MG: I didn’t read The Bluest Eye until adulthood. The line “Quiet as it’s kept, there were no marigolds in the fall of 1941” struck me as familiar because cempasùchil are a flower native to the Americas. Cempasùchil are associated with November 1, All Souls Day, and in parts of Mexico, ancestors are venerated on and around that date.
NKN: The Day of the Dead!
MG: Yes! To begin The Bluest Eye with marigold perfume seemed to me an invocation of other syncretic traditions. And Catholicism is well-known for its syncretic quality. For Morrison to receive her deserved recognition as a Catholic writer, what circumstances need to change?
NKN: Typically, Catholic writers are thought of as white novelists. Morrison is African American and so many readers overlook her Catholicism. When she really did try to go there with Paradise, the book didn’t receive good reviews. Morrison came to Catholicism on her own, converting at age 12. She was influenced by Catholic cousins. She grew up with Protestant traditions, too, her mother having belonged to the African Methodist Episcopal Church.
When religion comes up in Morrison’s prose, it isn’t always explicitly discussed. A scene in a church might unfold and the reader might think, “Okay, this seems like a Catholic service, not a Protestant one.” In The Bluest Eye, you have the passing mention of nuns. In Sula there appear representations of the Black Madonna. Typical African American church scenes blend with paintings featuring a Virgin Mary who is of color. Catholicism organizes how two different families are represented in Sula. The Catholic Creole family is portrayed as very rigid. Sula comes from a different tradition, one where family members interpret dreams. Sula’s grandmother, Eva Peace, and her family, are portrayed as more loosey-goosey.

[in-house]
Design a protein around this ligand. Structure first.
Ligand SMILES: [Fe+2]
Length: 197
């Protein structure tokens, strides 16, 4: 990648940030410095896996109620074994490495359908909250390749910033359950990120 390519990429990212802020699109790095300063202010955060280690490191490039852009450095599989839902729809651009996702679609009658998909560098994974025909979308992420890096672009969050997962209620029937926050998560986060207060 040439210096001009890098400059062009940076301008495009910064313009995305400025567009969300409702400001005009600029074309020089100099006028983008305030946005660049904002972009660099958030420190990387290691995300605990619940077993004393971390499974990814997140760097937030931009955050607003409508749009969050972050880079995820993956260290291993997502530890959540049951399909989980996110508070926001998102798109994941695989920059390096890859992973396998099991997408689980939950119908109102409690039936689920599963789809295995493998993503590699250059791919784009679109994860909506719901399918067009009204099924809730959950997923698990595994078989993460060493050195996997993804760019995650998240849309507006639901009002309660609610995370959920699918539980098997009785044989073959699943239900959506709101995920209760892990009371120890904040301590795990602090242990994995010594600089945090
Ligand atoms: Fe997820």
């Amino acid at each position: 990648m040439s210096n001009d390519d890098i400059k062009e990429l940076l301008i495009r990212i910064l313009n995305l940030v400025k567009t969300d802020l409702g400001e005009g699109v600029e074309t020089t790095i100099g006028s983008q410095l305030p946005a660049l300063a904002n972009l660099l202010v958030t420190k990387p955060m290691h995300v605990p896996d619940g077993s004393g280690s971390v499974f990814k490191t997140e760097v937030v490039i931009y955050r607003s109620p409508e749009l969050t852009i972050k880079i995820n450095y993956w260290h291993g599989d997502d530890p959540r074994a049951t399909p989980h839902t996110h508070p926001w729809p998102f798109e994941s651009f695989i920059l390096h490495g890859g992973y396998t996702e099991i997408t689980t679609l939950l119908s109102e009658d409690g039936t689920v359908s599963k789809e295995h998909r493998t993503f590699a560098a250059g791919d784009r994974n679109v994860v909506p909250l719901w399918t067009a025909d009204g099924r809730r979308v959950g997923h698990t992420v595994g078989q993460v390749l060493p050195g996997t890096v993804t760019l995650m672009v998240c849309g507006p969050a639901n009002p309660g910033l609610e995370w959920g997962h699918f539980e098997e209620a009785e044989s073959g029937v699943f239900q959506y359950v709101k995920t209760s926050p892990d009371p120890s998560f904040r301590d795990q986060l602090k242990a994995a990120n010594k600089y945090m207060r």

MG: As you gave that analysis, I thought about duality, uncontained versus contained. To what physical and metaphysical places did your research take you?
NKN: My interest in spirituality developed before I started writing the book and I was asking more questions of my mother and about different family members. We started discussing dream interpretation and prophetic dreams. At one point I asked my mother if we have family with the gift of foresight, intuition, and I learned that, yes, we do. One branch of our family has those sorts of practitioners, and one cousin, who has passed away, gave readings. She lived in Tennessee and read for both Black and white people in a room in her house. My research led me to ask questions about the traditions in my own family. I also have a Mexican American friend who was in a car accident about 20 years ago. After the accident, she had an egg cleansing. When I mentioned that to my mother, she said that one of my cousins had done an egg cleansing on my aunt. The research has led me to ask questions about people who are alive and of my ancestors. My family who embraces these traditions all identify as Christian.